On Steve's FurryGoat.com weblog, he poses the question:

So my question is: Why is that? Is writing software for Windows just too damn hard?

Coincidentally, I had a discussion with a few colleagues about this matter the other day as well. Of course, given our personal preferences, we did not discuss software development for the Windows platform, but thought in more general terms.

I posed the hypothesis that building software is an immature engineering discipline, which most notably shows in our lack of ability to make true black boxes. "Classical" engineering, like building bridges, dams, and other structures, has mastered the art of specifying components to such a degree that they can be described with only a few parameters. In the art of software engineering, we do not have this down yet.

For example, the Service Oriented Architecture consists of many different layers. From an engineering point of view, that is a highly desired design feature. By attacking any problem with a divide and conquer strategy, things should get easier all alround.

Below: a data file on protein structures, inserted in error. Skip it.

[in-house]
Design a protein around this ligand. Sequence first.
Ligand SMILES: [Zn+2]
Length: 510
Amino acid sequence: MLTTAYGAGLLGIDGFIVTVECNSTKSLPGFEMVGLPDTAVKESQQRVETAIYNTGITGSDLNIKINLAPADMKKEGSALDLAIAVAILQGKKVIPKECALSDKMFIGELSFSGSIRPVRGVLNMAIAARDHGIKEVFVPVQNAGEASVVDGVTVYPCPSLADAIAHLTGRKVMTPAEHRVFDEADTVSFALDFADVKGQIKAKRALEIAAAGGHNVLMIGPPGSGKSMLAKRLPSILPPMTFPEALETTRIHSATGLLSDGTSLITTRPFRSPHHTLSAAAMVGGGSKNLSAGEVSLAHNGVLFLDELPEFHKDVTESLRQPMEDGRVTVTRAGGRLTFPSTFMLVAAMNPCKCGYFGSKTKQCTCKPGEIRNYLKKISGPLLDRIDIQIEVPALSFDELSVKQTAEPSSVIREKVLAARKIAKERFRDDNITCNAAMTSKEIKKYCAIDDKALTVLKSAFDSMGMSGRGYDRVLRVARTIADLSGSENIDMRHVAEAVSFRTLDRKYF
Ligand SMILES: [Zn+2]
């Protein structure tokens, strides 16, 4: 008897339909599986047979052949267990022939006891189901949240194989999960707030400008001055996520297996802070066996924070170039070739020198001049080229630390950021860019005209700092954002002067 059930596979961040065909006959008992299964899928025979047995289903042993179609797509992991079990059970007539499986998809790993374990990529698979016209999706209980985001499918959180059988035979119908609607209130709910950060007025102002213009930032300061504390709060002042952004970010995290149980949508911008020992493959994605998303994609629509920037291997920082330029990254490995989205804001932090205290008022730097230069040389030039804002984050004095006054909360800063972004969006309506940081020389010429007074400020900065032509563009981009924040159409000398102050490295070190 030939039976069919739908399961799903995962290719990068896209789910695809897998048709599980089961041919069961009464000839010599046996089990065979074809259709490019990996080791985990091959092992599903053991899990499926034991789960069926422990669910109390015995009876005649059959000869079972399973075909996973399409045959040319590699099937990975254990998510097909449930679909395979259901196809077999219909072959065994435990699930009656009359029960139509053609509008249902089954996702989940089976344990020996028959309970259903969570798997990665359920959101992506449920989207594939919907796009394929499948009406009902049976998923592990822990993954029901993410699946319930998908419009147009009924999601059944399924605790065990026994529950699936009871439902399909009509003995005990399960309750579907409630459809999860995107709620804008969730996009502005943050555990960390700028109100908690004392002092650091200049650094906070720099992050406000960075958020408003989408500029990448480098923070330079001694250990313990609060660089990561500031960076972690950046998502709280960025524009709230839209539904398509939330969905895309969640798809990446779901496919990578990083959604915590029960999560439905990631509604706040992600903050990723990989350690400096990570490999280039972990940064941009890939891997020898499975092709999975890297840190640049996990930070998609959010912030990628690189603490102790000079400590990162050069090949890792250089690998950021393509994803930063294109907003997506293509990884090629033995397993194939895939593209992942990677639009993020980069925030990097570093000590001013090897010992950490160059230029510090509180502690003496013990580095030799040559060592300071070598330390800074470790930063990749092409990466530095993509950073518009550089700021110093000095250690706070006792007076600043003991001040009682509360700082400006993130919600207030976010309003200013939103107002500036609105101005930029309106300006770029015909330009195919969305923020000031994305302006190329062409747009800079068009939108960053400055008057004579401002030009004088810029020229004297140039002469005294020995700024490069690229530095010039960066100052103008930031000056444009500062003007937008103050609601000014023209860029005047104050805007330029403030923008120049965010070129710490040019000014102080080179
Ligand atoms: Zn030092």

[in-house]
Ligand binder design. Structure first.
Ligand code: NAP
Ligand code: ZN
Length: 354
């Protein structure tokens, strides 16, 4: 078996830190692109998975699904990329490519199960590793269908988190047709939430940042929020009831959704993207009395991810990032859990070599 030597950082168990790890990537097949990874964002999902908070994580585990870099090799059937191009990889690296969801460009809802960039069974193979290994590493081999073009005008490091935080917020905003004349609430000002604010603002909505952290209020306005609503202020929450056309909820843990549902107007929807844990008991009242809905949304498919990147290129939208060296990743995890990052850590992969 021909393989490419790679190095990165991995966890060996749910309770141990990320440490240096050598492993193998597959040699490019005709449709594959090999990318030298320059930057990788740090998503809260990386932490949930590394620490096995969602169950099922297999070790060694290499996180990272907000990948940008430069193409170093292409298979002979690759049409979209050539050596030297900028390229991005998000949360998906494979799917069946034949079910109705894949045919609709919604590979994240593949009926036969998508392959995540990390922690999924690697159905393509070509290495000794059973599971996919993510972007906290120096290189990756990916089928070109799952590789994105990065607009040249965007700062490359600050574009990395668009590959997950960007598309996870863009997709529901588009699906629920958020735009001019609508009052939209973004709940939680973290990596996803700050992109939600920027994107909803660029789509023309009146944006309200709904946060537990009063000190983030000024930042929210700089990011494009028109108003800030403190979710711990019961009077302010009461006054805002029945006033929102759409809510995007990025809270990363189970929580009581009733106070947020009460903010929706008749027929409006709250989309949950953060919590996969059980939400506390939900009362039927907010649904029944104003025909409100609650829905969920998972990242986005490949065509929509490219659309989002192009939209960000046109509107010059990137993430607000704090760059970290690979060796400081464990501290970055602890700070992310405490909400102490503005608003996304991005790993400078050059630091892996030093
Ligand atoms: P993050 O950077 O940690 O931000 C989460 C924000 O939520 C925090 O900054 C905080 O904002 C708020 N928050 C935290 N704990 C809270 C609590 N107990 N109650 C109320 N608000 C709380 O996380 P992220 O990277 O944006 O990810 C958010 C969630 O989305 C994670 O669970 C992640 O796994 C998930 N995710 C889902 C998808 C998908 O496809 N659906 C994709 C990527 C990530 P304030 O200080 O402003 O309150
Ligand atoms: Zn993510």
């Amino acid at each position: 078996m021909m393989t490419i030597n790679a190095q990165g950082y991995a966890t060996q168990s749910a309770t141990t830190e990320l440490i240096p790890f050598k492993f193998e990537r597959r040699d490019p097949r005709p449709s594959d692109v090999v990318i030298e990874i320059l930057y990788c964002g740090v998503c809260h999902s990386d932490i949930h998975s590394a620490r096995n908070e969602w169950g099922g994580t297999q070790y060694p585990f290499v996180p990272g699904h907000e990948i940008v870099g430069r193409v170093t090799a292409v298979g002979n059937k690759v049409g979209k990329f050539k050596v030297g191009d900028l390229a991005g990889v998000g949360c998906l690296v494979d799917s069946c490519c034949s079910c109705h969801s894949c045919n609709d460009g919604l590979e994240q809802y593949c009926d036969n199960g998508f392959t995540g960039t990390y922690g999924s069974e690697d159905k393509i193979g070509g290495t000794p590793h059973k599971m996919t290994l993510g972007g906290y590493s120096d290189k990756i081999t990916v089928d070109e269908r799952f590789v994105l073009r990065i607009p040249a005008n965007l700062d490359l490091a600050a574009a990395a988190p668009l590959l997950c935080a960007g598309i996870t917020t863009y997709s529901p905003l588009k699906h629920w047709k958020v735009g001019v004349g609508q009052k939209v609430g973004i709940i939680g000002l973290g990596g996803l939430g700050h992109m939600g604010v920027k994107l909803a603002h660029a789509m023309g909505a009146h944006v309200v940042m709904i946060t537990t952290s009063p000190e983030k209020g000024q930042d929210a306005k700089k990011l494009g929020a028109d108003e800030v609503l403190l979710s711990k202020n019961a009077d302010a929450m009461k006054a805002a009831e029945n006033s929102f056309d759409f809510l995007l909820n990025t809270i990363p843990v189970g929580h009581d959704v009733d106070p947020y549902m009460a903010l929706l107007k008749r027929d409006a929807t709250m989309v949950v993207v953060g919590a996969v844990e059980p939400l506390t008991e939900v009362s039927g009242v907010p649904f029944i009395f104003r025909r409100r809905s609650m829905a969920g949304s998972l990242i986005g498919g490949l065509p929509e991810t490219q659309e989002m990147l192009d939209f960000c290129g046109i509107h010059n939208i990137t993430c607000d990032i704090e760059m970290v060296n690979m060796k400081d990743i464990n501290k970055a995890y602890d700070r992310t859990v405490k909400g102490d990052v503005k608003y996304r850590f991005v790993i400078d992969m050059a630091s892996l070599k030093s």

Unfortunately, an implicit assumption in systems theory is that each system (or black box) can be considered independently of all others, and there is no need to understand the inner workings of each system. It is exactly this aspect that we have not yet mastered in software engineering. To be able to build a software system that is layered, the application developer will have to be very intimitatly familiar with each layer, including all the interactions between those layers.

While I do not know anything about Windows programming (which I sometimes regret), general GUI programming definitely suffers too much from this. Java programming libraries, such as the AWT or Swing, the Tk toolkit from Tcl/Tk, but also applications developed according to the service-oriented computing paradigm still require too much knowledge in a programmer.

Steve's point that there may need to be more documentation is partially true. However, documentation only serves to increase the knowledge of the developer. My point is that the developer should not have to know all that he needs to know today.

Until we know how to build true software black boxes, software engineering will always remain an art, and will never become a science.